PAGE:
Asked to name the most important person in the rehabilitation of John Donne's reputation, most people, would say, 'T.S. Eliot'; a few would probably recall H.J.C. Grierson's work. This volume shows how changes in literary and social values led symbiotically to the rediscovery of Donne and the preparation of public taste to admire Modernist writers such as Eliot. Appreciation of Donne in the eighteenth century was so slight that during the whole of it only three editions of his verse were produced. The nineteenth century saw eight fairly substantial collections and by 1872-3-the point at which this book opens-there was sufficient interest to support annotated editions that filled two volumes. Writers, such as Edmund Gosse and George Saintsbury, attempted to construct from these collections biographical and stylistic analyses until, early in the twentieth century, glaring anomalies in interpretation led to realization that little more could be achieved without thorough re-examination of the text of the poems. Grierson's two-volume edition of 1912 was timely and immediately hailed for its careful collation of the manuscripts and early printings. It laid the foundations for other scholars, among them John Hayward, Helen Gardner, Theodore Redpath, W. Milgate and A.J. Smith. 1 Donne's poetry attracted one of early facsimile editions with a copy in 1969 of the first edition of 1633 (which Grierson had used as his copy-text), followed in 1988 by facsimiles of the First and Second Dalhousie Manuscripts. In the variorum format, however, only the first volume of the projected University of Missouri Variorum Edition was available by 1992.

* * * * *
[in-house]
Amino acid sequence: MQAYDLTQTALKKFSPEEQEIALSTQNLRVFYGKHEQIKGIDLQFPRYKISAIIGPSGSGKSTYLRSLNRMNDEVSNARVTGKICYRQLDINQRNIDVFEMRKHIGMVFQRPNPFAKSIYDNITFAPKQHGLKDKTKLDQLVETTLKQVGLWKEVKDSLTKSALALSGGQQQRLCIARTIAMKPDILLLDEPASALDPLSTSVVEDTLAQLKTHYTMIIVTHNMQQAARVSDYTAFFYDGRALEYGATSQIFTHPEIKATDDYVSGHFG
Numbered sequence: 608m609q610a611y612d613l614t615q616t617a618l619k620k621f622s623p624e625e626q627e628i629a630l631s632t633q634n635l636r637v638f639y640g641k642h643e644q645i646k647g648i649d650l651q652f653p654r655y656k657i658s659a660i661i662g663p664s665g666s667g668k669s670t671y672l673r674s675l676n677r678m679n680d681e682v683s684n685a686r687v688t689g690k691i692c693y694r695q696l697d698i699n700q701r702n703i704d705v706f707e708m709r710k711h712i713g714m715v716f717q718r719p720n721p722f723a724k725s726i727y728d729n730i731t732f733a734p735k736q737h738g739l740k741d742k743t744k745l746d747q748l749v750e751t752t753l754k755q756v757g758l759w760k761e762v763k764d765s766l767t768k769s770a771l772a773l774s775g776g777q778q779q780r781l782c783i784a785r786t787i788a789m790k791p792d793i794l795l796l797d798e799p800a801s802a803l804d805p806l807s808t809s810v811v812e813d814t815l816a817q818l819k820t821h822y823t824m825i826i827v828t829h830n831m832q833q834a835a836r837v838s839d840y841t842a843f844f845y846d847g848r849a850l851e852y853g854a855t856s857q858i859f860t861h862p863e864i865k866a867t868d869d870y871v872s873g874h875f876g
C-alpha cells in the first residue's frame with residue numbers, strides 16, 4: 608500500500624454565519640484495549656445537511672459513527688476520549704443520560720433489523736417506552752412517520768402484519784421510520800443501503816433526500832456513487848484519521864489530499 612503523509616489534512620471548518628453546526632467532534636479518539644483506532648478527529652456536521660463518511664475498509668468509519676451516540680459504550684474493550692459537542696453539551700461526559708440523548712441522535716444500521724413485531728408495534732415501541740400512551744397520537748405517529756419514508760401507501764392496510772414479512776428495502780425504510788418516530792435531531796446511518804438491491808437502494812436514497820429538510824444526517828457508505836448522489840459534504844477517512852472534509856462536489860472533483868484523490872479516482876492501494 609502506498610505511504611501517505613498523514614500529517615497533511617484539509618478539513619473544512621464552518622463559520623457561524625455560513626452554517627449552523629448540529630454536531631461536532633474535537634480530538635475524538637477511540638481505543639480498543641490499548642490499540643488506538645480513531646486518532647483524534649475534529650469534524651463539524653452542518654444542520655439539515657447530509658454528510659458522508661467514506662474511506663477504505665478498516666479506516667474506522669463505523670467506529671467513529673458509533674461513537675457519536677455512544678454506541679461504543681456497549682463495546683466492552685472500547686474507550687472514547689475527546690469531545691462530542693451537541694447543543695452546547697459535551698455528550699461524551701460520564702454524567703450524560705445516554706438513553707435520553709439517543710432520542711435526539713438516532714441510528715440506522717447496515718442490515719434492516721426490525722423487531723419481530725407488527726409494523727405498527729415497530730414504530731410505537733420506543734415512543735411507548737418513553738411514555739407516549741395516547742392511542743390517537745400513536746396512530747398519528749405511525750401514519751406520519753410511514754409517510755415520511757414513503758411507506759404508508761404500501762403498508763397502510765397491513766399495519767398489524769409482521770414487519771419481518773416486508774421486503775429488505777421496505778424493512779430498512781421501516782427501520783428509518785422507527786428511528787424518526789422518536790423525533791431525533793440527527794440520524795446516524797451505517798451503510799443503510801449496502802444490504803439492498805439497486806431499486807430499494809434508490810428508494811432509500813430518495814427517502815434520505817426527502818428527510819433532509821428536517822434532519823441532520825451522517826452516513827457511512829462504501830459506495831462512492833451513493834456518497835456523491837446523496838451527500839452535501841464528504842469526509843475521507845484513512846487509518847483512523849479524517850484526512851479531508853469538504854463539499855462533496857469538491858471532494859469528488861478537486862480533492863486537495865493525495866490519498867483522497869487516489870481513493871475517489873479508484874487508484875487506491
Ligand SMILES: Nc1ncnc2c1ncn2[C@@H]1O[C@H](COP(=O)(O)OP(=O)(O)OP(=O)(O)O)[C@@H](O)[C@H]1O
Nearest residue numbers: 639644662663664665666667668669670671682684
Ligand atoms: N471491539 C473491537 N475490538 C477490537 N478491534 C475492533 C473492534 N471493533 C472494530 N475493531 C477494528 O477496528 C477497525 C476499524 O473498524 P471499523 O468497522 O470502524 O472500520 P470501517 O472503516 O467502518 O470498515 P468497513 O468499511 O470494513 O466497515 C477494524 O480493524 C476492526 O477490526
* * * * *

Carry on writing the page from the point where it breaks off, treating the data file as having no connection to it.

Opinion of Donne has depended heavily on which and how many of his works have been well known at any period. The popularity of the Songs and Sonnets and a few of the Divine Poems has risen, until most people now base their view of Donne almost exclusively on these, with a consequent skewing of understanding that has been criticized with asperity by John Roberts. 2 Musical settings of Donne have followed a similar trajectory in popularity,